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Site Specific: A new#and still-evolving--sustainable rating system aims to protect and regenerate the ecological capacity of any landscape, from backyard to public park.
The building industry#s best known sustainable rating system has always acknowledged that the design and construction of a manmade structure must consider the surroundings. The earliest versions of the U.S. Green Building Council#s (USGBC) Leadership in Energy & Environmental Design (LEED) rating system included categories for sustainable sites and water efficiency at the level of an individual project#and its more recent and less narrowly focused rating system for neighborhood development has greatly expanded its purview in terms of the selection of building sites and the relationships among buildings to protect local ecology. Nonetheless, LEED#s detailed requirements and recommendations for landscape strategies still barely scratch thesurface of what can and must be done to reverse the devastation that decades of poor design, construction, and maintenance practiceshave wrought on vital natural ecosystems, say many landscape architects.
While LEED has successfully increased the efficiency ofbuildings, the rating system currently leaves out many opportunities to address and improve the site. Recognizing this omission, the Lady Bird Johnson Wildflower Center at the University of Texas in Austin hosted the Sustainable Sites Summit in fall 2005. Approximately 50 professionals, including landscape architects, civil engineers, government employees, scientists, and academics, attended themultidisciplinary meeting, from which grew the Sustainable Sites Initiative. Referred to in shorthand as SITES, the initiative is ahighly ambitious interdisciplinary effort to create voluntary national guidelines and performance benchmarks for the sustainabledesign, construction, and maintenance of landscapes with or without buildings.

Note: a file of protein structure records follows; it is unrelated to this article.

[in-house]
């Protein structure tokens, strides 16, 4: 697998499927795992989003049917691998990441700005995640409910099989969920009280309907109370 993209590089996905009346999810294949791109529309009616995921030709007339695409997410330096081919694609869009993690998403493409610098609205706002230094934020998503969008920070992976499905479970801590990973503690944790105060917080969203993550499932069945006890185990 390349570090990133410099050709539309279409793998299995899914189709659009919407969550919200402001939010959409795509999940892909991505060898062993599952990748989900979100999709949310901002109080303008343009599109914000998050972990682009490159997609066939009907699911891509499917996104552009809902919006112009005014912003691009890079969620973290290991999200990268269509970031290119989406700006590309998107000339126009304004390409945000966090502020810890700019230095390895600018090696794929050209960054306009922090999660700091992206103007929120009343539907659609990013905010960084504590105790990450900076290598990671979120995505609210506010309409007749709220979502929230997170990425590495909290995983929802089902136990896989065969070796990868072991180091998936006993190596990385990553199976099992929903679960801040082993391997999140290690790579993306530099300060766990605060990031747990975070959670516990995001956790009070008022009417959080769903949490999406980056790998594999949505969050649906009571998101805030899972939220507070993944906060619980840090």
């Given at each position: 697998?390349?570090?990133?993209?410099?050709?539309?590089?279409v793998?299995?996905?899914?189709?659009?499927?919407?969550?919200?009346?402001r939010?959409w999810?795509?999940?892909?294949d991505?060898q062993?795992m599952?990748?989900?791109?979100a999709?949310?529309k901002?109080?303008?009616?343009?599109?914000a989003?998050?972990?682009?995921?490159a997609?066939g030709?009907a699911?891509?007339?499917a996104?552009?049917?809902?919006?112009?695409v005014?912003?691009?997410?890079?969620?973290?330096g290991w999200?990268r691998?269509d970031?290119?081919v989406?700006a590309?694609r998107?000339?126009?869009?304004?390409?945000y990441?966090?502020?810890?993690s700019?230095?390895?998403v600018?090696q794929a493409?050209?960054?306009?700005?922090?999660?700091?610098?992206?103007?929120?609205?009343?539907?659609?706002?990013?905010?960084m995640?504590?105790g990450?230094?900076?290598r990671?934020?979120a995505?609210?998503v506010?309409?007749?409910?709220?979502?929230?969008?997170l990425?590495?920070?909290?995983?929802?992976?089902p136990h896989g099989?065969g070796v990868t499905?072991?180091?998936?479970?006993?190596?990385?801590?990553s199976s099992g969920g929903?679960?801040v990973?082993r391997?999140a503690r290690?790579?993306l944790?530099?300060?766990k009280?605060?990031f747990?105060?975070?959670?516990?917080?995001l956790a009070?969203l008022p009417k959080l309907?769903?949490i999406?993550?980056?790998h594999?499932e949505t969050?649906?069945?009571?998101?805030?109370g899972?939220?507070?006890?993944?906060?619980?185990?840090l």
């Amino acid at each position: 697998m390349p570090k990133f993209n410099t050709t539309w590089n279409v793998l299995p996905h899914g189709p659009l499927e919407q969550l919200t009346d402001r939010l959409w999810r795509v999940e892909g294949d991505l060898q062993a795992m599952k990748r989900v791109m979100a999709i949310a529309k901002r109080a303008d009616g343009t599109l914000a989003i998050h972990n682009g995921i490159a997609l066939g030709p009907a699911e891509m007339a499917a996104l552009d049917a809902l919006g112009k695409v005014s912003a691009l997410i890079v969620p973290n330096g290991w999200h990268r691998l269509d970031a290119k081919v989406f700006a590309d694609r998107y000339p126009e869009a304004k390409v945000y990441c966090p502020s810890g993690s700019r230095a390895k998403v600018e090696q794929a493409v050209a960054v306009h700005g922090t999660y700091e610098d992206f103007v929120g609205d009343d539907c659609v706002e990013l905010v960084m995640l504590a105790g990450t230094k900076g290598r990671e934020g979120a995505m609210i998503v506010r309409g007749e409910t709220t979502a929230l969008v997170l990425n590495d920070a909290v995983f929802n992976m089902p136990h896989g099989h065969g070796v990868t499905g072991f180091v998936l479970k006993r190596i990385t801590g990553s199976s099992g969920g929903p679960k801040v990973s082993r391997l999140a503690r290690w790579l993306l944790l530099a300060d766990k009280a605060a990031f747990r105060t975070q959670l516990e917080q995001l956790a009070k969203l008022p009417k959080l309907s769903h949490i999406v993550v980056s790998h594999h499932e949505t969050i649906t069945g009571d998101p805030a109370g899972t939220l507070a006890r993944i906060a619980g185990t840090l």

The entire design team, owners, developers, clients andgovernment institutions would benefit from reading this story.
1. Explain the goals of the Sustainable Sites Initiative (SITES) and discuss why a rating system specifically tailored to landscapes is needed.
2. Outline the structure and requirements of the current version of SITES.
3. Explain the concept of ecosystem services and describe how a landscape can provide such services.
4. Discuss the strengths and weaknesses of the current version of SITES.
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